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Jannides Exhibition

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Milli Jannides, Green, purple and orange, 2014, oil on wood, 210 x 260 mm Milli Jannides, A little more luminosity, 2014, oil on linen, 560 x 710 mm Milli Jannides' installation of 'As the light dips' at Hopkinson Mossman Milli Jannides, Rubbish dump picture postcard, 2014, oil on linen, oil on linen, 1950 x 1800 mm milli Jannides, Pacing around it, 2014, oil on linen, 400 x 350 mm Milli Jannides' installation of 'As the light dips' at Hopkinson Mossman Milli Jannides, Metal vegetation, 2014, oil on linen, 950 x 1070 mm Milli Jannides, There were so many stars in the sky, 2014, oil on linen, 1200 x 1490 mm Milli Jannides' installation of 'As the light dips' at Hopkinson Mossman Milli Jannides, That man must be me, 2014, oil on linen, 300 x 300 mm Milli Jannides, The Wraith, 2014, oil on linen, 350 x 400 mm Milli Jannides, Benevolent monsters, 2014, oil on linen, 350 x 400 mm Milli Jannides' installation of 'As the light dips' at Hopkinson Mossman

That ambiguity is part of their attraction. The smallest work, 'Green, purple and orange', is a fire that could be a flower. 'A little more luminosity' could be a building, a ship or a still life. They are calculatedly vague, have abstract components (like floating squares) but a perspectival depth, and delight in the effects of softly glowing light and turbulent gestural underpainting that peeks through gaps in the upper layers.

Auckland

 

Milli Jannides
As the Light Dips

 

23 May - 28 June 2014

In this exhibition of sixteen oil paintings kick-started by inspirational sentences picked out of favourite pieces of literature, Milli Jannides continues her exploration of themes developed during post-graduate studies in London and Germany. Using a mostly dark blue palette and bristly smeared marks of thinly scumbled pigment and turps washes, her raw brusherly imagery is not based on ‘real’ scenes or drawings but made using the artist’s imagination. Most of it vacillates between the genres of softly lit landscape and still life, while intermittently maintaining connections with New Zealand painting heroes as diverse as McCahon, Hodgkins, Hanly and Maddox.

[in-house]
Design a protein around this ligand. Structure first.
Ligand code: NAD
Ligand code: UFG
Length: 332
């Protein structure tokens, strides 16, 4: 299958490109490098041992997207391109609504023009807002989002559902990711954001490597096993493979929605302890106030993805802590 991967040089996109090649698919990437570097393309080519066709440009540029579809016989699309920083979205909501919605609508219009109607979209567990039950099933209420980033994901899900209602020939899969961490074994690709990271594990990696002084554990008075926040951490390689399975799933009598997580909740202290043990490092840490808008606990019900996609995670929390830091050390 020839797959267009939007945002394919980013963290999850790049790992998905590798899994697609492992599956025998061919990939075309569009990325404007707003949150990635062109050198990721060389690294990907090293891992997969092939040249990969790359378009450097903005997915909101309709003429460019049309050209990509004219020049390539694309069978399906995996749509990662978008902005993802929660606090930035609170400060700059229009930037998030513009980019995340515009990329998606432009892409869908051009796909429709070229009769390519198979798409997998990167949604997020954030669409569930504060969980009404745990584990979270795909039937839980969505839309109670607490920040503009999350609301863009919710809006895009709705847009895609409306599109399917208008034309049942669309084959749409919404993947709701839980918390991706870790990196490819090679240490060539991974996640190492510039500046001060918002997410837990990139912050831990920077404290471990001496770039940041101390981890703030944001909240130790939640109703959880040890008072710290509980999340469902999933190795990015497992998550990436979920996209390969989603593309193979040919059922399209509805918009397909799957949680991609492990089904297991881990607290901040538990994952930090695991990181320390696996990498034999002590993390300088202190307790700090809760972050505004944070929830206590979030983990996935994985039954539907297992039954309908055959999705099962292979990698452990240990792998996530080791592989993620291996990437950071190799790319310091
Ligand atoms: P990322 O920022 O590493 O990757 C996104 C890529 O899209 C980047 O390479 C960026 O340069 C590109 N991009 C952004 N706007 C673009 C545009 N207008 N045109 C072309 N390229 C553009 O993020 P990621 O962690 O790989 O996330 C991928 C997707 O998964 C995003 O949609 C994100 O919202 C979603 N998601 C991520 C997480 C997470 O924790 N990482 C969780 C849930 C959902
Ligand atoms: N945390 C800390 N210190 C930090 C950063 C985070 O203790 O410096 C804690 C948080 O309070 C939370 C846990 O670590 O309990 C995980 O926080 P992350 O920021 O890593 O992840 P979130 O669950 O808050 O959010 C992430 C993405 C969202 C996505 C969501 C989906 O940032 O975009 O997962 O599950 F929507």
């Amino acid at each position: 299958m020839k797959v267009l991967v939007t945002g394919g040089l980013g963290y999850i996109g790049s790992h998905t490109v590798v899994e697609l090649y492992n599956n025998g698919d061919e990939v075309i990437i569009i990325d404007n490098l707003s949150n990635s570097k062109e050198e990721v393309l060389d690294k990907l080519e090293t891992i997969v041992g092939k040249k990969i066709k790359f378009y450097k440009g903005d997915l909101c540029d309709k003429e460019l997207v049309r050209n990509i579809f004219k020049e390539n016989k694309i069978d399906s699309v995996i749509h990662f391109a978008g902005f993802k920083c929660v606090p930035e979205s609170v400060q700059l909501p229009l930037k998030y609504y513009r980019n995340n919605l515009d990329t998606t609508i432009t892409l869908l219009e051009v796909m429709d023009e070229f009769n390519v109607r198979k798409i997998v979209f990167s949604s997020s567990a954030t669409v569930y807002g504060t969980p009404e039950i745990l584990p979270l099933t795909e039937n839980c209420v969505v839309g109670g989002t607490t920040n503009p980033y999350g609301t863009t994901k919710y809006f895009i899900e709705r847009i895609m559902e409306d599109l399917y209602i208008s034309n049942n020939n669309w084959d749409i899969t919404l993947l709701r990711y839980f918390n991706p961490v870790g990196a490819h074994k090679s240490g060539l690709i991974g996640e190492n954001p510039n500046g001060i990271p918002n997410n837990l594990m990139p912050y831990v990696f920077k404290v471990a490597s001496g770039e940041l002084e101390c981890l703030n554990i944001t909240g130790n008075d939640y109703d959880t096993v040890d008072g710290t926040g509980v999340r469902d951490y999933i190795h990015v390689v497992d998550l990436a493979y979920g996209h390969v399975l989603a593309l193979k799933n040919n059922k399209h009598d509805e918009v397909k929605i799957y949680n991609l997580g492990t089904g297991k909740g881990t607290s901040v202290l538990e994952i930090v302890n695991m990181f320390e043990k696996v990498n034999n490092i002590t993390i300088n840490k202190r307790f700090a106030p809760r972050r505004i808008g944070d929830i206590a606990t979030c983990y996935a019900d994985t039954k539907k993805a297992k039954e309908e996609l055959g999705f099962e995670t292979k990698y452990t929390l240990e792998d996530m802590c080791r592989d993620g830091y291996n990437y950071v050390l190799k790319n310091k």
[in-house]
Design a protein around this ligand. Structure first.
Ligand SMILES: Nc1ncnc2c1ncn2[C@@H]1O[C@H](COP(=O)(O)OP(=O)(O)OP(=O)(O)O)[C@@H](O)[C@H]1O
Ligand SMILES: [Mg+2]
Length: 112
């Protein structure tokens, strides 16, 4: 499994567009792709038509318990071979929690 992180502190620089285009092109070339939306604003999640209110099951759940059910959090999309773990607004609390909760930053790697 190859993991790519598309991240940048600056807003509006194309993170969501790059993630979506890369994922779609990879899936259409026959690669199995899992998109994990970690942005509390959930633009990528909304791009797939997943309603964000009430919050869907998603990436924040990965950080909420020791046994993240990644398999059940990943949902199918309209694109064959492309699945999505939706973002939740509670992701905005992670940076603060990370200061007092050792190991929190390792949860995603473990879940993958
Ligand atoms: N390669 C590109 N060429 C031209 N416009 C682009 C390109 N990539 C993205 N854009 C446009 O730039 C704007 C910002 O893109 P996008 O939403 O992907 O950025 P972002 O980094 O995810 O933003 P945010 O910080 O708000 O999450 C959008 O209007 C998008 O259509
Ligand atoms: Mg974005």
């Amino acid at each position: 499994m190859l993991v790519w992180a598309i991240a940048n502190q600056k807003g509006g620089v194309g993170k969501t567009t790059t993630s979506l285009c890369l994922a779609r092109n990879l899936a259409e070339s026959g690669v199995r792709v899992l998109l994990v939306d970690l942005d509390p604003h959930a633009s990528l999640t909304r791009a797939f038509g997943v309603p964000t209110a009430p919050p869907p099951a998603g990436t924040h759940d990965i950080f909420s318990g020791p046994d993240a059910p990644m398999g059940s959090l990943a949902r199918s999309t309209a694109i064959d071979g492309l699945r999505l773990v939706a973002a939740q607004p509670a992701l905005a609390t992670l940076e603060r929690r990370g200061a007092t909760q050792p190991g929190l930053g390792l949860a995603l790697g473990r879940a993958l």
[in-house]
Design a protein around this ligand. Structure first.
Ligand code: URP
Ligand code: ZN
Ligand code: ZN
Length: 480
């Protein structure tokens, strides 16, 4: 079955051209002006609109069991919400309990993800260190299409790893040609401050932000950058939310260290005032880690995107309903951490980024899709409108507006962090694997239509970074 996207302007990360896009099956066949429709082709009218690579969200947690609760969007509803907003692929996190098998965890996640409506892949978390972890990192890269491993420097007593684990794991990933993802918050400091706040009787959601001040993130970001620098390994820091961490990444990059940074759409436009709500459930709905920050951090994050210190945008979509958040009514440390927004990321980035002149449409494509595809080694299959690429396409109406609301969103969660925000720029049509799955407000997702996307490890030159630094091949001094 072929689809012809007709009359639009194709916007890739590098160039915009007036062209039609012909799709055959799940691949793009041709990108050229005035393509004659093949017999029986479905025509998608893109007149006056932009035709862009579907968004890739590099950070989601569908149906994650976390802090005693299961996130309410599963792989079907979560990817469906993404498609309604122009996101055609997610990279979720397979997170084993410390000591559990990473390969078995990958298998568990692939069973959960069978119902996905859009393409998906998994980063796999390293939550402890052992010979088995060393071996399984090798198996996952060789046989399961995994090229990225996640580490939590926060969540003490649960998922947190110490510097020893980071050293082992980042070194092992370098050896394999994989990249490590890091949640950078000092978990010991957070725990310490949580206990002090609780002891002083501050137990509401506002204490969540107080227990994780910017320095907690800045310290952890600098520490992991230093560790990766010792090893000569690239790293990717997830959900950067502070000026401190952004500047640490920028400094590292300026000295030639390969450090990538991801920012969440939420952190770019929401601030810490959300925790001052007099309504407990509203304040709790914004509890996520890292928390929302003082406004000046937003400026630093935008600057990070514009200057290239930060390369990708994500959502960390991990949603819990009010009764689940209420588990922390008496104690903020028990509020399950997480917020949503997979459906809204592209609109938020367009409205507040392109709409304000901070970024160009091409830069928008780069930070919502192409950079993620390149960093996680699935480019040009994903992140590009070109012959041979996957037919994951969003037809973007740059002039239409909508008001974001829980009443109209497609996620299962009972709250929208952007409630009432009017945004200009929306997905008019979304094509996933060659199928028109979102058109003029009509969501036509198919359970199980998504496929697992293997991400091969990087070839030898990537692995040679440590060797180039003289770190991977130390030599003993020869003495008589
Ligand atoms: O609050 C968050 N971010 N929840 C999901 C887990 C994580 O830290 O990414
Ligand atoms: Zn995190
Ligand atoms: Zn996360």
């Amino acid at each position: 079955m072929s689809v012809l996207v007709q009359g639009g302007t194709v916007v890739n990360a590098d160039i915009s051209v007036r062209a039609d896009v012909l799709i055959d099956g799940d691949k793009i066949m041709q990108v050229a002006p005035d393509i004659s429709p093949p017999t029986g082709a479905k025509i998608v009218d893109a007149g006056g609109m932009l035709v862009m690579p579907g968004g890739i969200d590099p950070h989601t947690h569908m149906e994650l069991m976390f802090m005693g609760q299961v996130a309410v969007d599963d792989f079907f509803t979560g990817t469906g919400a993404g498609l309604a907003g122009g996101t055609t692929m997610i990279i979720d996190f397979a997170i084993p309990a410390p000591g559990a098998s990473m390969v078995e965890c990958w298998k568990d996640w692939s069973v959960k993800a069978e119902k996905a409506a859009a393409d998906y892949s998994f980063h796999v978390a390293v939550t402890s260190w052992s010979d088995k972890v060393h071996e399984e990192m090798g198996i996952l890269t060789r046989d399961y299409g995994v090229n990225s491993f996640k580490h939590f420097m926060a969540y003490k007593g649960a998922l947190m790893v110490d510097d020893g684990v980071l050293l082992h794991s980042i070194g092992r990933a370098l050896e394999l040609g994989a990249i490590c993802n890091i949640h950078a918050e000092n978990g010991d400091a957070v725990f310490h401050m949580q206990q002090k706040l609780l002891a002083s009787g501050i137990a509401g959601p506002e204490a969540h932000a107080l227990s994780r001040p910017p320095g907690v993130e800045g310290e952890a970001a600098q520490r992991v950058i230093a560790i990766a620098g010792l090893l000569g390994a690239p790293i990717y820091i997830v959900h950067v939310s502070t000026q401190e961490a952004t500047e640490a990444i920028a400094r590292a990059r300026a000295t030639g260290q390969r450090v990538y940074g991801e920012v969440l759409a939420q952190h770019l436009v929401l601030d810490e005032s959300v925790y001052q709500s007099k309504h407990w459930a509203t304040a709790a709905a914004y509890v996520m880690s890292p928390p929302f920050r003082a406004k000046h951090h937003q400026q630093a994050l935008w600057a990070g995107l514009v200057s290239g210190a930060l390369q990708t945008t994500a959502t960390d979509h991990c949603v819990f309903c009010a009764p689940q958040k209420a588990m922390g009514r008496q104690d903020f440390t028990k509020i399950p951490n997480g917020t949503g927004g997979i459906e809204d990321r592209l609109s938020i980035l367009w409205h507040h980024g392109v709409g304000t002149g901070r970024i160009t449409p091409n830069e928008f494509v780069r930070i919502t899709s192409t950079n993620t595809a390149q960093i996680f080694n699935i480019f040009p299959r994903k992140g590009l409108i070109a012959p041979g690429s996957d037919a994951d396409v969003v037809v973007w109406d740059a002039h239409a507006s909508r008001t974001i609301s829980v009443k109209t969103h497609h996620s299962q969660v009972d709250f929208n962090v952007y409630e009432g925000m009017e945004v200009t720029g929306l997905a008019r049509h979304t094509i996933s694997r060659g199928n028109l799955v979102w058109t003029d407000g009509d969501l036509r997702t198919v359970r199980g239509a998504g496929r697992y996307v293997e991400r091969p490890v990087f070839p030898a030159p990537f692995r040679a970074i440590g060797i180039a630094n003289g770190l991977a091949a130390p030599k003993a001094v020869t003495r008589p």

Unpredictable in compositional structure these variously sized improvised creations are nevertheless elegantly hung in the two linked Hopkinson Mossman galleries. There is no regular spacing but a methodical linear orchestration. As the works are often ambiguous in terms of interpretative possibilities it would be difficult to group them according to figurative content.

That ambiguity is part of their attraction. The smallest work, Green, purple and orange, is a fire that could be a flower. A little more luminosity could be a building, a ship or a still life. They are calculatedly vague, have abstract components (like floating squares) but a perspectival depth, and delight in the effects of softly glowing light and turbulent gestural underpainting that peeks through gaps in the upper layers.

Not all the display is worthy of prolonged attention but four works in particular compellingly hold your interest: two are landscapes (Rubbish dump picture postcard; Pacing around it) and two still lifes (Metal vegetation; There were many stars in the sky). In each of these successful pairs, one work is delicate, agitated and tremulously graphic in its choice of forms, the other chunky, static and brutishly coarse. Stylistically very different as components in chosen couples (my pairings, not the artist’s), but refreshing as thematic groupings.

As Jannides‘ title suggests, flickering light that reveals form is a major preoccupation, along with the planar consequences of obstructing shadow. The mood is mostly nocturnal so the illuminating source is liquid moonlight that seems stroked on with a feather.

Jannides‘ use of different sized canvases is also important as a creator of mood, possibly even more crucial than the dominant colour or use of light. It pulls her audience towards or away from the work on the wall, encourages movement across the room. Her desire to experiment and not be formulaic has also led to some puzzling (more minimal) inclusions - the abstract works being not as successful spatially (too much depth, I think) as the more narrative ones - but it is unusual to see ‘old fashioned’ oil painting under the spotlight. However the works succeed or fail on their image construction, and detectable patterns of intentionality. The selection, though smartly sequenced formally, is somewhat scattered thematically - in terms of genre. I wish it were tighter.

John Hurrell

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